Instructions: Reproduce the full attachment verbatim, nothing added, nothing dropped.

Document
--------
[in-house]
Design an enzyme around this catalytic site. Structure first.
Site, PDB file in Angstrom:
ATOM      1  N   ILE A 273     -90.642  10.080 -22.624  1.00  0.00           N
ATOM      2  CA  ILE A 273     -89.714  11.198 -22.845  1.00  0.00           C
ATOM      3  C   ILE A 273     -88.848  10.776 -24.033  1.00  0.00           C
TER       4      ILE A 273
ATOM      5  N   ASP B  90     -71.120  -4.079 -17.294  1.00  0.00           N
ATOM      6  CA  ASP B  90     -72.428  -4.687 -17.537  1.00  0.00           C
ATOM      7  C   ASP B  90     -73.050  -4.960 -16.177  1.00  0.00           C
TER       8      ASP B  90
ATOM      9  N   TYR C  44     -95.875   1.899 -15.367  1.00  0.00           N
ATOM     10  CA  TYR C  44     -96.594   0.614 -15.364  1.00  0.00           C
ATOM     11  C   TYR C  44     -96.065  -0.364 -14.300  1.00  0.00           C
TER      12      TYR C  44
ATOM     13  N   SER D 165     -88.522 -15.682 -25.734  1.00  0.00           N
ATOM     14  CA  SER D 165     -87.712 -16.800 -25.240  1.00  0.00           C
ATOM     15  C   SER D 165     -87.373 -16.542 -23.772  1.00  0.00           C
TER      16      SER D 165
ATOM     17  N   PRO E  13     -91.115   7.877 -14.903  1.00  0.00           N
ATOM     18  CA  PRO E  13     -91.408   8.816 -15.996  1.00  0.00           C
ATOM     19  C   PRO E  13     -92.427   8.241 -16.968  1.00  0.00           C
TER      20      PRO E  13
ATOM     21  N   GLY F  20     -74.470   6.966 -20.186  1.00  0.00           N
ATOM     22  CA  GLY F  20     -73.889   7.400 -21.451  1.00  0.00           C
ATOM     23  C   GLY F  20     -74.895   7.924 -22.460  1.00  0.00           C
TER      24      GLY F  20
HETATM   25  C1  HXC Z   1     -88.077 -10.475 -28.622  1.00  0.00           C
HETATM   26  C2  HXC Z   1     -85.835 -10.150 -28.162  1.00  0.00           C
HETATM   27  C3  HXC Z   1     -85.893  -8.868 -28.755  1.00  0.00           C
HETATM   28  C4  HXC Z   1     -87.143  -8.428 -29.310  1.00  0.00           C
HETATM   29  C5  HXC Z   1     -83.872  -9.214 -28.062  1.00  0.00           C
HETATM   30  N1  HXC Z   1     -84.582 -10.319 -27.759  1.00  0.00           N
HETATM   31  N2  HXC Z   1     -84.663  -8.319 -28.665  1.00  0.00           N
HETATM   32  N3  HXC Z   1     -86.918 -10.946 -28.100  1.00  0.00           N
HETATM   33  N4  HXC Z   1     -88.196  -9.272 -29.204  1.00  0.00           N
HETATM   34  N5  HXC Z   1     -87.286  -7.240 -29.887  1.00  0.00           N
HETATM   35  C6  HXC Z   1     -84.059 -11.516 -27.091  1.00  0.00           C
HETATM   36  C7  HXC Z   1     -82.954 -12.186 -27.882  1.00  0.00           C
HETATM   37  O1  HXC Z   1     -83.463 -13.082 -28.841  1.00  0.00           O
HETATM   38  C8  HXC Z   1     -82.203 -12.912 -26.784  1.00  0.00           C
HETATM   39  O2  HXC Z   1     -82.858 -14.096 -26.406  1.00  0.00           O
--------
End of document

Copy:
[in-house]
Design an enzyme around this catalytic site. Structure first.
Site, PDB file in Angstrom:
ATOM      1  N   ILE A 273     -90.642  10.080 -22.624  1.00  0.00           N
ATOM      2  CA  ILE A 273     -89.714  11.198 -22.845  1.00  0.00           C
ATOM      3  C   ILE A 273     -88.848  10.776 -24.033  1.00  0.00           C
TER       4      ILE A 273
ATOM      5  N   ASP B  90     -71.120  -4.079 -17.294  1.00  0.00           N
ATOM      6  CA  ASP B  90     -72.428  -4.687 -17.537  1.00  0.00           C
ATOM      7  C   ASP B  90     -73.050  -4.960 -16.177  1.00  0.00           C
TER       8      ASP B  90
ATOM      9  N   TYR C  44     -95.875   1.899 -15.367  1.00  0.00           N
ATOM     10  CA  TYR C  44     -96.594   0.614 -15.364  1.00  0.00           C
ATOM     11  C   TYR C  44     -96.065  -0.364 -14.300  1.00  0.00           C
TER      12      TYR C  44
ATOM     13  N   SER D 165     -88.522 -15.682 -25.734  1.00  0.00           N
ATOM     14  CA  SER D 165     -87.712 -16.800 -25.240  1.00  0.00           C
ATOM     15  C   SER D 165     -87.373 -16.542 -23.772  1.00  0.00           C
TER      16      SER D 165
ATOM     17  N   PRO E  13     -91.115   7.877 -14.903  1.00  0.00           N
ATOM     18  CA  PRO E  13     -91.408   8.816 -15.996  1.00  0.00           C
ATOM     19  C   PRO E  13     -92.427   8.241 -16.968  1.00  0.00           C
TER      20      PRO E  13
ATOM     21  N   GLY F  20     -74.470   6.966 -20.186  1.00  0.00           N
ATOM     22  CA  GLY F  20     -73.889   7.400 -21.451  1.00  0.00           C
ATOM     23  C   GLY F  20     -74.895   7.924 -22.460  1.00  0.00           C
TER      24      GLY F  20
HETATM   25  C1  HXC Z   1     -88.077 -10.475 -28.622  1.00  0.00           C
HETATM   26  C2  HXC Z   1     -85.835 -10.150 -28.162  1.00  0.00           C
HETATM   27  C3  HXC Z   1     -85.893  -8.868 -28.755  1.00  0.00           C
HETATM   28  C4  HXC Z   1     -87.143  -8.428 -29.310  1.00  0.00           C
HETATM   29  C5  HXC Z   1     -83.872  -9.214 -28.062  1.00  0.00           C
HETATM   30  N1  HXC Z   1     -84.582 -10.319 -27.759  1.00  0.00           N
HETATM   31  N2  HXC Z   1     -84.663  -8.319 -28.665  1.00  0.00           N
HETATM   32  N3  HXC Z   1     -86.918 -10.946 -28.100  1.00  0.00           N
HETATM   33  N4  HXC Z   1     -88.196  -9.272 -29.204  1.00  0.00           N
HETATM   34  N5  HXC Z   1     -87.286  -7.240 -29.887  1.00  0.00           N
HETATM   35  C6  HXC Z   1     -84.059 -11.516 -27.091  1.00  0.00           C
HETATM   36  C7  HXC Z   1     -82.954 -12.186 -27.882  1.00  0.00           C
HETATM   37  O1  HXC Z   1     -83.463 -13.082 -28.841  1.00  0.00           O
HETATM   38  C8  HXC Z   1     -82.203 -12.912 -26.784  1.00  0.00           C
HETATM   39  O2  HXC Z   1     -82.858 -14.096 -26.406  1.00  0.00           O